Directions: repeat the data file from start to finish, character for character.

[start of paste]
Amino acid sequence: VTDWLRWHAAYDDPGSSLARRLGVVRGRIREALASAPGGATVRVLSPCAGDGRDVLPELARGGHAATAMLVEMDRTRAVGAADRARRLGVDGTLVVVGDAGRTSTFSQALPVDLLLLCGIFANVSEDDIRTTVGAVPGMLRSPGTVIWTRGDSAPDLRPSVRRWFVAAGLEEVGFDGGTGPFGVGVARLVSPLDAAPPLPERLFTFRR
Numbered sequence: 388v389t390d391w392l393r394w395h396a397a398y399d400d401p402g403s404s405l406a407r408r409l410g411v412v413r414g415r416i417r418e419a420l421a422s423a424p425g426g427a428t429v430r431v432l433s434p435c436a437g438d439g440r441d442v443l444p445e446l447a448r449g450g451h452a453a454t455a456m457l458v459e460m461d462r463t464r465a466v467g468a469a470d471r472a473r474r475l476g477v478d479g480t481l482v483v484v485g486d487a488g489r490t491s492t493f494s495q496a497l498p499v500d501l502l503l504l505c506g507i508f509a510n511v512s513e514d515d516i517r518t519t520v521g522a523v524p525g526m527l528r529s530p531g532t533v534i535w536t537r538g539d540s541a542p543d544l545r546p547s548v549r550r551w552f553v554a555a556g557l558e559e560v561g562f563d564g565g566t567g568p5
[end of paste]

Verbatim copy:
Amino acid sequence: VTDWLRWHAAYDDPGSSLARRLGVVRGRIREALASAPGGATVRVLSPCAGDGRDVLPELARGGHAATAMLVEMDRTRAVGAADRARRLGVDGTLVVVGDAGRTSTFSQALPVDLLLLCGIFANVSEDDIRTTVGAVPGMLRSPGTVIWTRGDSAPDLRPSVRRWFVAAGLEEVGFDGGTGPFGVGVARLVSPLDAAPPLPERLFTFRR
Numbered sequence: 388v389t390d391w392l393r394w395h396a397a398y399d400d401p402g403s404s405l406a407r408r409l410g411v412v413r414g415r416i417r418e419a420l421a422s423a424p425g426g427a428t429v430r431v432l433s434p435c436a437g438d439g440r441d442v443l444p445e446l447a448r449g450g451h452a453a454t455a456m457l458v459e460m461d462r463t464r465a466v467g468a469a470d471r472a473r474r475l476g477v478d479g480t481l482v483v484v485g486d487a488g489r490t491s492t493f494s495q496a497l498p499v500d501l502l503l504l505c506g507i508f509a510n511v512s513e514d515d516i517r518t519t520v521g522a523v524p525g526m527l528r529s530p531g532t533v534i535w536t537r538g539d540s541a542p543d544l545r546p547s548v549r550r551w552f553v554a555a556g557l558e559e560v561g562f563d564g565g566t567g568p5